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your holiday tradition nobody else has Answered

I have recently become curious about holiday traditions that people have that no one else has. This curiosity began when I contacted a holiday historian about a tradition passed down in my own family. The historian felt this originated within my family, though it has elements similar to England's plum Pudding ( my gm was half English) . My best guess is that my grandmother came up this ( a gift filled Christmas Pie) out of a desire to make a meager Christmas special early in her marriage. We have a second tradition that I started. It is a house elf, who writes letters year around and visits for two weeks at Christmas. I called on him because of my daughter's terror of Santa, whom she called the Claws. Both these traditions were likely born of need, and because they served their purpose well, were embraced and stayed. Now I am curious about others. Do you have a tradition you will share?

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Ezza (author)2006-12-05

My family has an unusual and interesting tradition: For 24 days in the lead up to christmas, we have a kind of reverse advent calender. Each day, somebody ties a small wrapped-up gift to the calender, on the corresponding date on the calender. On christmas day, we all gather round to pick a number out of a hat. The number we pick is the present we get from the calender. We usually trade items afterwards if we dont like them.

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echinopsis (author)2006-11-21

Well acorniv, it may very well be that it was your grandmothers original idea to put gifts in a pie, but there are similar traditions in France and Germany. I don't know too much about France, but during the middle ages for example, the men of villages in Rhineland-Palatinate used to gather at the beginning of the Fasching-(Fastnacht-, Fasnet-) season and ate a cake which contained a single bean. Whoever found the bean in his piece of cake was proclaimed the king for the entire season that the rest of the men had to serve. Which sounds great at first , but - the King was also responsible for the wellbeing of his servants, which included free (of course alcoholic) drinks for the entire evening. And that could amount to quite a bit... This tradition has been revived a couple of years ago and somewhat changed by some students. Now there are 2 cakes, one for men and one for women and a "stylish" coronation ceremony takes place where king and queen may each name one of the people attending their personal servant of the evening. Serving king or queen does not only mean fetching food or drinks, but may also result in doing rather silly things like dressing up like a jester and reciting poems while laying on the floor with hands and feet sticking up in the air. I oughta know, because I've been proclaimed the "Queen of Beans" a couple of years ago myself...:-) Note: I could not do a proper spellchecking because the ads on the right hand of this site cover about 2" of whatever I wrote. I hope this gets fixed pretty soon because it's really not very much fun to post something under these conditions.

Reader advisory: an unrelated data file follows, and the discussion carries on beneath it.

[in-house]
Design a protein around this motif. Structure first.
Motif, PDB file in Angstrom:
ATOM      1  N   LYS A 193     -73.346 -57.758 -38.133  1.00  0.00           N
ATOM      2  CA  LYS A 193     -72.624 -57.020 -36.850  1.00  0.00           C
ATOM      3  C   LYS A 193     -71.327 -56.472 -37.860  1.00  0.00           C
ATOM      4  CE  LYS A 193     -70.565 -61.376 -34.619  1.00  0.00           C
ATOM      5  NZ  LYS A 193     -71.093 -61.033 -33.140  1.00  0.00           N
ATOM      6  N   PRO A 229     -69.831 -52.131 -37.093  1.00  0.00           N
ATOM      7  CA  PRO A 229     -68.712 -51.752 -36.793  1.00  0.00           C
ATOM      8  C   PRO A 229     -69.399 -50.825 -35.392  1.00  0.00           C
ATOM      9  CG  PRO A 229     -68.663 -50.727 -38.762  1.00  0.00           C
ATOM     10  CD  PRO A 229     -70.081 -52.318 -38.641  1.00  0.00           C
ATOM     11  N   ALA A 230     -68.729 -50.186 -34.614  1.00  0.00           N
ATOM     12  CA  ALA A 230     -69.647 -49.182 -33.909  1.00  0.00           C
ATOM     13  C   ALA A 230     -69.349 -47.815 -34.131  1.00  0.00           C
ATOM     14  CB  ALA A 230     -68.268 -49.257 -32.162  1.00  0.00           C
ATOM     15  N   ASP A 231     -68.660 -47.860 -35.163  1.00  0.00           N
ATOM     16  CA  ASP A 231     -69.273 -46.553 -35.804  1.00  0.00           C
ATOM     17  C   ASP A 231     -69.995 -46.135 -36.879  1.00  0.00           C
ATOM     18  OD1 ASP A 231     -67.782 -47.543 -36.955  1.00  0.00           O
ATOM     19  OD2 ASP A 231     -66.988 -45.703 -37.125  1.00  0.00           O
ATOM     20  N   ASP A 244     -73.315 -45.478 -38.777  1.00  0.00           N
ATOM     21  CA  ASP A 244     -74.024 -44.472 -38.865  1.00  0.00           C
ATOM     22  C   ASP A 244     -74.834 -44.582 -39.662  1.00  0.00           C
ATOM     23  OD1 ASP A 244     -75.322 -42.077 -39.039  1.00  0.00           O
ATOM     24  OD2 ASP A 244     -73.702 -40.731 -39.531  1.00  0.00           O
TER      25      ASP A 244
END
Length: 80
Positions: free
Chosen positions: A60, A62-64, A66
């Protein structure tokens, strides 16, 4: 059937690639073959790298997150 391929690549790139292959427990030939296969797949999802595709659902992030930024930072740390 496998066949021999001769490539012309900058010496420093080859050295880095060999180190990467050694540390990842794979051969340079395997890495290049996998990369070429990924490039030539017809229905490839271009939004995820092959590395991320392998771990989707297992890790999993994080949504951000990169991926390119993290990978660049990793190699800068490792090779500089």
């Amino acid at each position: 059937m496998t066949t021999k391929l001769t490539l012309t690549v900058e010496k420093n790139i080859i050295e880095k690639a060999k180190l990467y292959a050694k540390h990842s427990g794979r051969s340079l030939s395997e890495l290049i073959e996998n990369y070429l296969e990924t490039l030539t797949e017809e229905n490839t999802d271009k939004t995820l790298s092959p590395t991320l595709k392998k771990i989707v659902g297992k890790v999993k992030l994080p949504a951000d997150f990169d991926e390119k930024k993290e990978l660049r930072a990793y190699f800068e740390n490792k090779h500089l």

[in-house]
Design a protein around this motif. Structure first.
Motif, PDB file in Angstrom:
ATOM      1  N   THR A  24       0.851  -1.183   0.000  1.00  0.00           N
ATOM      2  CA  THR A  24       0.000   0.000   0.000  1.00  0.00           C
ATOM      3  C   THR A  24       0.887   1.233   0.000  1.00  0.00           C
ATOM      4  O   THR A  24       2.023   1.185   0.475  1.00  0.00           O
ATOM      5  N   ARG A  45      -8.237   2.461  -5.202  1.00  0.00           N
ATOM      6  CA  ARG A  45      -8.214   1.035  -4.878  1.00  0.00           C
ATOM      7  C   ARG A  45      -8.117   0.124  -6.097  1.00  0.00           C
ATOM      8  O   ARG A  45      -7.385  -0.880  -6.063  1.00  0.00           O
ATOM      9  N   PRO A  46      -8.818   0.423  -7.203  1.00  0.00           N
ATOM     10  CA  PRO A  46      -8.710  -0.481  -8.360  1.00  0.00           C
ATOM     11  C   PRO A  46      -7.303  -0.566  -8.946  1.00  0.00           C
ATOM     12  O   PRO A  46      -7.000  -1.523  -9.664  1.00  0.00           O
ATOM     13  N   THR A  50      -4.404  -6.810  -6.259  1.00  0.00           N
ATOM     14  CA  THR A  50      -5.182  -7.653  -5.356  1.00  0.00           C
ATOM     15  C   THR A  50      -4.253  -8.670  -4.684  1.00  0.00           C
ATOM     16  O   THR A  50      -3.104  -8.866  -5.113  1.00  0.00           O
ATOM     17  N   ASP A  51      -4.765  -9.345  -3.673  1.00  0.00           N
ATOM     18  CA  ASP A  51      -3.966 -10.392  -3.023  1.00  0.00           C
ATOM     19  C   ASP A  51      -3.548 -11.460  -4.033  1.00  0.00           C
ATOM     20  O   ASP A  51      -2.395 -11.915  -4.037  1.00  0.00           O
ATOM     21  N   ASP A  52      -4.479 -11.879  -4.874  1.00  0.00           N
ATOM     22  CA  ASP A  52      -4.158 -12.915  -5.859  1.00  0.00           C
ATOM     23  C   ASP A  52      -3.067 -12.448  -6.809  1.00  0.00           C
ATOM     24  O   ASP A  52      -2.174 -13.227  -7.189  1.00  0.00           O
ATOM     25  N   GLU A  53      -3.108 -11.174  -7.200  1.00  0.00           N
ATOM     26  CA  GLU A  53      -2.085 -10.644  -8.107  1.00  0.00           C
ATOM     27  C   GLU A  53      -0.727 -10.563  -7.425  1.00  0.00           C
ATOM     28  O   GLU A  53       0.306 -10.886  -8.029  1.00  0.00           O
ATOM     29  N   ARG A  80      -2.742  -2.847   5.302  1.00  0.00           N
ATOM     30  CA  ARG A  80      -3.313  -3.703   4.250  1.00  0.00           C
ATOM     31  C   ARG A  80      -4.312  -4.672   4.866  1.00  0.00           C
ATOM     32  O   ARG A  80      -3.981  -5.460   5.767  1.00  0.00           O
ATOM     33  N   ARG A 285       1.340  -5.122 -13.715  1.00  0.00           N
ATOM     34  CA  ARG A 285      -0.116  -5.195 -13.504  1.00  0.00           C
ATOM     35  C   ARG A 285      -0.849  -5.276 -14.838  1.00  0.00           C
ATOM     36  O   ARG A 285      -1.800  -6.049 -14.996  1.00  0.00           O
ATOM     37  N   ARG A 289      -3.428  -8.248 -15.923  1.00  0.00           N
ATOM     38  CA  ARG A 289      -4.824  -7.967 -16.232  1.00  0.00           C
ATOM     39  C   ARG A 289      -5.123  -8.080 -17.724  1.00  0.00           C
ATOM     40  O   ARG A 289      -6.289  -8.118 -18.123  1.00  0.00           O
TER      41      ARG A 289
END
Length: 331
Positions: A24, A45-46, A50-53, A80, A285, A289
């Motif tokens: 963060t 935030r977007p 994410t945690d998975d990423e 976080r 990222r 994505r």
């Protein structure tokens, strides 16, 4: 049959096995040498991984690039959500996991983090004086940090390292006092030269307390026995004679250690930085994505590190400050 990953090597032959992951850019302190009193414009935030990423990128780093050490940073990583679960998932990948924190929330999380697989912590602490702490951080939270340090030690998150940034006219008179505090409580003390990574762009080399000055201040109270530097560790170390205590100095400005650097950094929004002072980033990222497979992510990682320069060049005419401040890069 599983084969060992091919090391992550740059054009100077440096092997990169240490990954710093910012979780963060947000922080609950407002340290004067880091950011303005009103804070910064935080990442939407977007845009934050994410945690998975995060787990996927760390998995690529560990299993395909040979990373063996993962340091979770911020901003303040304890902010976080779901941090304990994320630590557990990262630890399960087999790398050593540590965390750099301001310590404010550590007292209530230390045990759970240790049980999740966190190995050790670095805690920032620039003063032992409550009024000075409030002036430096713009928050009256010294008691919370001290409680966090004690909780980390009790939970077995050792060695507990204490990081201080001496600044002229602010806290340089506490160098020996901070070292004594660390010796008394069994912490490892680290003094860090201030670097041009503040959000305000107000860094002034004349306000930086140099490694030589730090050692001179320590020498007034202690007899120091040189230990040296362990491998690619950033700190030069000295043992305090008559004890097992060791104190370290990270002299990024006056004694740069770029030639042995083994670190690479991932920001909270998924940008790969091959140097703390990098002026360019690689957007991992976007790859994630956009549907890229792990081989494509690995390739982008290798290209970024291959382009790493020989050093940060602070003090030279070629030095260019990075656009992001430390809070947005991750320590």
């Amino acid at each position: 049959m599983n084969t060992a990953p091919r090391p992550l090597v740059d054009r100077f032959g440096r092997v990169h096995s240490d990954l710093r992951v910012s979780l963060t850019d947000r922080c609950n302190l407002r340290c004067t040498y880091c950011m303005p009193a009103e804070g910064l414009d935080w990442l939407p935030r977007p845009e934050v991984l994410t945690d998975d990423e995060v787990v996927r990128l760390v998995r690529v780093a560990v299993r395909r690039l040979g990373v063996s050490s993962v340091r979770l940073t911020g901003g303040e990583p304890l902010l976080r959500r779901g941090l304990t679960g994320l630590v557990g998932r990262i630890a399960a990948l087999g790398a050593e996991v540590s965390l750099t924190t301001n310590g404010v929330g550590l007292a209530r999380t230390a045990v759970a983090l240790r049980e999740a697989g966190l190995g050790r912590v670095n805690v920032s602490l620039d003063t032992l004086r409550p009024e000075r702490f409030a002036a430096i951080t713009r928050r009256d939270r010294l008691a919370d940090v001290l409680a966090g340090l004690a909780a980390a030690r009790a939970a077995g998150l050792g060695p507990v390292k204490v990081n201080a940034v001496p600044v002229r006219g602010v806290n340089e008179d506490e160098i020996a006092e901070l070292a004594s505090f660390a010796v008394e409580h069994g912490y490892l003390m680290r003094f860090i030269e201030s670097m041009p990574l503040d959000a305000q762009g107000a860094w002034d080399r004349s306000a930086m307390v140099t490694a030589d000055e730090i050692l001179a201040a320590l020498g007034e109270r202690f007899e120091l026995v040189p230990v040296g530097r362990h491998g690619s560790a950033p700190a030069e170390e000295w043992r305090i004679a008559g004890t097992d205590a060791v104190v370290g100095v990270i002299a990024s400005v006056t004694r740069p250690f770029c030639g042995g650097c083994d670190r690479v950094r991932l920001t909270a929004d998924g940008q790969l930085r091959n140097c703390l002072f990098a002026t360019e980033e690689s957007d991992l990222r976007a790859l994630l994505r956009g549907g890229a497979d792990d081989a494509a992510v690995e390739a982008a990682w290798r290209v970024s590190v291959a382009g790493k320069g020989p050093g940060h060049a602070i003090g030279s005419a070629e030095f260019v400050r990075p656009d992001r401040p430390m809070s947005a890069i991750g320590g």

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Dr. No (author)2006-11-11

yeah, i sit on my aunts couch for five hours before and after thanksgiving dinner while my parents talk to all of our relatives

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